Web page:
he dropped us off a bus stop to catch a regular bus home, and confused a whole bunch of people at the bus stop who did not expect a Routemaster to pull in which was much fun LOL

That made me laugh!

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6 hours ago, Yoss said:

 

I carried a spare wheel in my bus. It fitted nicely in a seat frame with the cushions removed so I put it in the seat immediately in front of the offside bench seat and covered in an old curtain. 

Obviously I didn't have a massive scissor jack and wheelbrace. If I ever had a puncture, which I never did luckily, I would still need to call the recovery people but then they would be able to change the wheel. Without it you would have to be recovered somewhere and the halfshafts have to be removed before towing a Routemaster as the engine has to be running to operate the gearbox oil pump. 

It makes sense to carry a spare wheel on a preserved bus though very few seem to. Obviously you can't in service but then most service buses are backed up by a garage that's never too far away. 

I remember being on our way back between Peterborough and Nottingham on a National Express service one Saturday evening when a strange noise suddenly started and my co-pilot and I looked at each other and went, "Fuck, that's a front tyre about to go bang". It did, fortunately we did this service every Saturday, so managed to limp the (Duple bodied Reliance) a few hundred yards into a pub car park (I know you think I make this shit up, but it's true).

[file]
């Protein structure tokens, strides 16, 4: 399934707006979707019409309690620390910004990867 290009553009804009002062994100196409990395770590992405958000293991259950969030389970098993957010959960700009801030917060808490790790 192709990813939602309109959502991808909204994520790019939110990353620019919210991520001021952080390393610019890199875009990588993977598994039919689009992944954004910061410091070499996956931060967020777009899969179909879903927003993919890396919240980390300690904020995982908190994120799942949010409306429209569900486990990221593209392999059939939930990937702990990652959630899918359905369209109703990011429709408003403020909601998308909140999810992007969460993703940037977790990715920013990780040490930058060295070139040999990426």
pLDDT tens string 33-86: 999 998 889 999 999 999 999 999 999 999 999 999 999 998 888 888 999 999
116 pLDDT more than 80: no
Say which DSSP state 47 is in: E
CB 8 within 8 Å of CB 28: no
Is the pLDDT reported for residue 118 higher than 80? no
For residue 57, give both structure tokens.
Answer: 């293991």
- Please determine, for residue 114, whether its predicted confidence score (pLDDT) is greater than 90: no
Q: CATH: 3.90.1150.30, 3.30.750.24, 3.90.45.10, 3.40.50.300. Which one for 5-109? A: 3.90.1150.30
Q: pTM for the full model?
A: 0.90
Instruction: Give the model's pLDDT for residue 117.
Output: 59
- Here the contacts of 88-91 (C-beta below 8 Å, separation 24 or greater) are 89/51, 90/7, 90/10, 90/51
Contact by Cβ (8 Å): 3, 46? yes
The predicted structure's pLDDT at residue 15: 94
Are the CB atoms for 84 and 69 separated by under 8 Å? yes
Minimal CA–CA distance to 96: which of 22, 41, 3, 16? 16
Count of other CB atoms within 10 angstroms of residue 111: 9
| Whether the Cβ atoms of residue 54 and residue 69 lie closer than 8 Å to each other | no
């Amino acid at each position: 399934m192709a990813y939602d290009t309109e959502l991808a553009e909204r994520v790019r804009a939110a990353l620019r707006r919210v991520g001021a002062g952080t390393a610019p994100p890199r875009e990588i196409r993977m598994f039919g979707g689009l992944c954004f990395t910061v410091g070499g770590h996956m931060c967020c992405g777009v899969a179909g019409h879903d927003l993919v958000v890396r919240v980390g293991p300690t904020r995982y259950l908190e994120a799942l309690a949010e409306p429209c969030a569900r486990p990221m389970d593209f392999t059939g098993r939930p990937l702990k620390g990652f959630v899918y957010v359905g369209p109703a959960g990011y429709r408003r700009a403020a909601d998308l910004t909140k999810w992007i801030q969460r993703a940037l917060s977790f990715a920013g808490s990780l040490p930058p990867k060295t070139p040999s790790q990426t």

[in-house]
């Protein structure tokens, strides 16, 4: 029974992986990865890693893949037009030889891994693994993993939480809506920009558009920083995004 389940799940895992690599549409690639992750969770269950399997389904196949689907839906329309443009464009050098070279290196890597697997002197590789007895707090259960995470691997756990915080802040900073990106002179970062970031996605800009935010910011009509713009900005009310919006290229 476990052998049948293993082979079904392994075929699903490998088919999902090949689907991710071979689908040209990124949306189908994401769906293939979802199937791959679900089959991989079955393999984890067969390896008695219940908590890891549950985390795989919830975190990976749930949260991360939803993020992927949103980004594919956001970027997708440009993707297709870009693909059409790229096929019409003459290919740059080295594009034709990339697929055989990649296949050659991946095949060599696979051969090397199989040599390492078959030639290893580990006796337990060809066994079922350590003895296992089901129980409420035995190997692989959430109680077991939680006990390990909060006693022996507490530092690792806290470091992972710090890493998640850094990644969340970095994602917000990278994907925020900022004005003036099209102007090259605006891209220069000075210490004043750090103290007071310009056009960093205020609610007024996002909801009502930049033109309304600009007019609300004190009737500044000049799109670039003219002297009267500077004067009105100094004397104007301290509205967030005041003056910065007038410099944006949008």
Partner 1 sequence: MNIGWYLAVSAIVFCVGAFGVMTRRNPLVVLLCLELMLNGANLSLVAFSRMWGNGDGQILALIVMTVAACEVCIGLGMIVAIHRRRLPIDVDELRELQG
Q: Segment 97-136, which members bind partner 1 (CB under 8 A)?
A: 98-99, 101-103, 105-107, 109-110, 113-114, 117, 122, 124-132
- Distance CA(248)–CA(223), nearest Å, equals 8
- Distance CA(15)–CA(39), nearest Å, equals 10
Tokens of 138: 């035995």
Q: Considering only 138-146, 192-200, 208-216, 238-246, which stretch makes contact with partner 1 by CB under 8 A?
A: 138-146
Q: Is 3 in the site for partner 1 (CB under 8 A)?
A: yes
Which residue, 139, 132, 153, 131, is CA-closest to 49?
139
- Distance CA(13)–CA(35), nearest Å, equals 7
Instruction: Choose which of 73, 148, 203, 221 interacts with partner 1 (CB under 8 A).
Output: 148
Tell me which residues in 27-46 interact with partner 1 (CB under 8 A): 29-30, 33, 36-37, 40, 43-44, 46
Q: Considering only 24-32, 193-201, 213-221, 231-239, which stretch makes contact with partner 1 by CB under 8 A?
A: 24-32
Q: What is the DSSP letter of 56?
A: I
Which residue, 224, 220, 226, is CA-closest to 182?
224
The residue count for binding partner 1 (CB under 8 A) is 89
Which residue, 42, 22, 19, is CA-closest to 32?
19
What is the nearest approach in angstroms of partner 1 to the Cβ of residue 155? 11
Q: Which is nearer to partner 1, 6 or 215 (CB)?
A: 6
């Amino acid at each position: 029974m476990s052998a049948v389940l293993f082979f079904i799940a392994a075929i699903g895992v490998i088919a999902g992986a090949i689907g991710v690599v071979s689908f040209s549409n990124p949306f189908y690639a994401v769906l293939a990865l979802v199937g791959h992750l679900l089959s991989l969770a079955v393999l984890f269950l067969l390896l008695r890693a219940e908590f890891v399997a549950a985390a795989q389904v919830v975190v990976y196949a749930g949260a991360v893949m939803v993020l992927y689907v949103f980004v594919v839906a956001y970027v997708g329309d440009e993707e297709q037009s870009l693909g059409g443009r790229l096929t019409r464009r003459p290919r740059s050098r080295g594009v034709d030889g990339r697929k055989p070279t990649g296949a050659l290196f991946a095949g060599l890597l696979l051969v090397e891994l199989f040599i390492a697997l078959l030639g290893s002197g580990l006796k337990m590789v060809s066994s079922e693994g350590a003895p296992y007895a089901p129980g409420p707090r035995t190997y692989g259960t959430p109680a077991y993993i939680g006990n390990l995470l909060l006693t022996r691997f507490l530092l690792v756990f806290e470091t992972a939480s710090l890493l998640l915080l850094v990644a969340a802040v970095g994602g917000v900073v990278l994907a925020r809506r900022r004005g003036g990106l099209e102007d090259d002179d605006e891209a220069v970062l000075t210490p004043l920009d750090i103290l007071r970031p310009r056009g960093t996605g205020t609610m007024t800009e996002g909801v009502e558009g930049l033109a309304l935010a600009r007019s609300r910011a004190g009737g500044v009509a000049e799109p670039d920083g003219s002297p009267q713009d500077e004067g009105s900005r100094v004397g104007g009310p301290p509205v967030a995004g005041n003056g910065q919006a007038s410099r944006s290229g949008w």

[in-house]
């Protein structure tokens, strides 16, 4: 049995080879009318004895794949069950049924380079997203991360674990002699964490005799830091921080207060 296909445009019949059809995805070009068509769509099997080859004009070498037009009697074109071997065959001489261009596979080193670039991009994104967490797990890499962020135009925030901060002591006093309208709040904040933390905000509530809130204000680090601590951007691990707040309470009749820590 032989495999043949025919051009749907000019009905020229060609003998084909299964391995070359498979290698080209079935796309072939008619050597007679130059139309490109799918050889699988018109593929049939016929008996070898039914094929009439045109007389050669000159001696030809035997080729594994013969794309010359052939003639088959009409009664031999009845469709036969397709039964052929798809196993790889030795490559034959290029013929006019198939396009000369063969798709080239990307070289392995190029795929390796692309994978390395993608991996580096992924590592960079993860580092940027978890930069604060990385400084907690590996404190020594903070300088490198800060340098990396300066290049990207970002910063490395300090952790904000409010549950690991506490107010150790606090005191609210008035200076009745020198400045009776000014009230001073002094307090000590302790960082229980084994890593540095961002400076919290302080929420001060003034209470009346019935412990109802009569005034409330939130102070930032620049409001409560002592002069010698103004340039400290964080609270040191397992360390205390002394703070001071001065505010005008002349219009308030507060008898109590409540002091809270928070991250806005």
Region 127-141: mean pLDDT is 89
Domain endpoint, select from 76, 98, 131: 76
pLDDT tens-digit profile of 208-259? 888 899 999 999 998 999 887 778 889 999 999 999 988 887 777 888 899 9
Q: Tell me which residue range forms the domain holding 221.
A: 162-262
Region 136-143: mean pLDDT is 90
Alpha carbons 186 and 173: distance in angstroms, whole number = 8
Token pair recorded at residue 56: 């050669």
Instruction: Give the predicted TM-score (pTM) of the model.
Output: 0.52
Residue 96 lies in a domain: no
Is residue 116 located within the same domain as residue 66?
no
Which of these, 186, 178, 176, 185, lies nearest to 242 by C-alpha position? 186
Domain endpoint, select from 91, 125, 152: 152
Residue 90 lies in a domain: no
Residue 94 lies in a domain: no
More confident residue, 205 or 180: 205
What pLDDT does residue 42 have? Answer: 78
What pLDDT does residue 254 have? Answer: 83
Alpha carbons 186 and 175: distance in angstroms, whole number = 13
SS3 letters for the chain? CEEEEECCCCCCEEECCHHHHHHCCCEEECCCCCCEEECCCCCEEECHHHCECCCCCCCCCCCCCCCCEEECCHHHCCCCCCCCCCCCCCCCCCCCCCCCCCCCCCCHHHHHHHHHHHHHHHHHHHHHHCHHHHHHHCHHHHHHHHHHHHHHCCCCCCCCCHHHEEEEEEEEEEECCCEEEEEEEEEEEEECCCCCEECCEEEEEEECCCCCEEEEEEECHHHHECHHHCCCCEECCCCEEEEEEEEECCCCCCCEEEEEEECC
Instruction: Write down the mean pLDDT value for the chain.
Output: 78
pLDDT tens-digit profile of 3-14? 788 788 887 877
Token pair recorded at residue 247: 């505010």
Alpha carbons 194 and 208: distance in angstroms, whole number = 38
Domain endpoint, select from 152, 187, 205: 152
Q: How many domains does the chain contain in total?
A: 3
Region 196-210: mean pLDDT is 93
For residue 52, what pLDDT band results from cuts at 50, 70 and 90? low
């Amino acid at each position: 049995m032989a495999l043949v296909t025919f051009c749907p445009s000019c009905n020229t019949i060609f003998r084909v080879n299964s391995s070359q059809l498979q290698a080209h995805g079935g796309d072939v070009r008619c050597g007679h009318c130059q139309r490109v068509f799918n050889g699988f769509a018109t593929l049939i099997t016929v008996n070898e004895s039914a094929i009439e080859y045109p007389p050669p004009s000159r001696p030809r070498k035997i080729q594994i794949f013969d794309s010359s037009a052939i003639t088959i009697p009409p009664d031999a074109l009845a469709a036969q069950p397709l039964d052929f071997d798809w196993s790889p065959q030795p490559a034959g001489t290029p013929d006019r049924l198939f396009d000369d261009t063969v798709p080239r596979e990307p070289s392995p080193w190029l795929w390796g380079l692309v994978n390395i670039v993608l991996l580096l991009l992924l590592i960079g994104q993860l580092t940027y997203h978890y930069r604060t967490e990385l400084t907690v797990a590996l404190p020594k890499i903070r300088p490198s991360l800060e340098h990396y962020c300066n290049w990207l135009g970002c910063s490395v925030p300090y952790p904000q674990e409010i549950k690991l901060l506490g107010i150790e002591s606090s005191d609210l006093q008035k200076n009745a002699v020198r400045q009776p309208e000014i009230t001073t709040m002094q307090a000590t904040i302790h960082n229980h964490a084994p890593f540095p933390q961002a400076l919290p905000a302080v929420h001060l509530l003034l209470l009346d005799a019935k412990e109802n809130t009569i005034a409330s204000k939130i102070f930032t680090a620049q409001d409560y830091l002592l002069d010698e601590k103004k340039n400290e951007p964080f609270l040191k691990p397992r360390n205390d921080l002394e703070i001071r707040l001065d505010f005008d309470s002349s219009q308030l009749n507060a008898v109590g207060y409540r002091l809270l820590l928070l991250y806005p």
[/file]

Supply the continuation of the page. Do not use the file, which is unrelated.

We rang our depot, (on the pub phone, no mobiles in the early 80's) and the first question they asked was, "has that one got a spare under the front n/s ?". I crawled under, and yes 

Hour later Trent turned up and changed the wheel, and we went and recovered our, now slightly inebriated passengers.

 

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12 hours ago, martc said:

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Western Wales bus on tour - it has been suggested this could be Cefn Bryn on the Gower peninsula. Is this beauty a Leyland Tiger Cub?

Tiger Cub running units but it's actually a Leyland - Weymann Olympian, a semi integral bus built jointly between Leyland and Weymanns. One of the six Fishwicks bought still exists. Western Welsh bought 40 of the 60 produced. 

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The point about a spare wheel being carried for a preserved bus is one I had not thought about. The Ugger Dugger gun must be huge. Where would that be stored?

This bus looks as if the seat arrangement has been changed to accommodated the spare wheel.

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37 minutes ago, Remspoor said:

The point about a spare wheel being carried for a preserved bus is one I had not thought about. The Ugger Dugger gun must be huge. Where would that be stored?

This bus looks as if the seat arrangement has been changed to accommodated the spare wheel.

The best bus sized uggadugga gun I ever saw was a one inch petrol powered gun, used to remove the front tyres from the prototype Volvo Citybus we scrapped a few years ago. It was immense.

 

And REALLY fucking loud.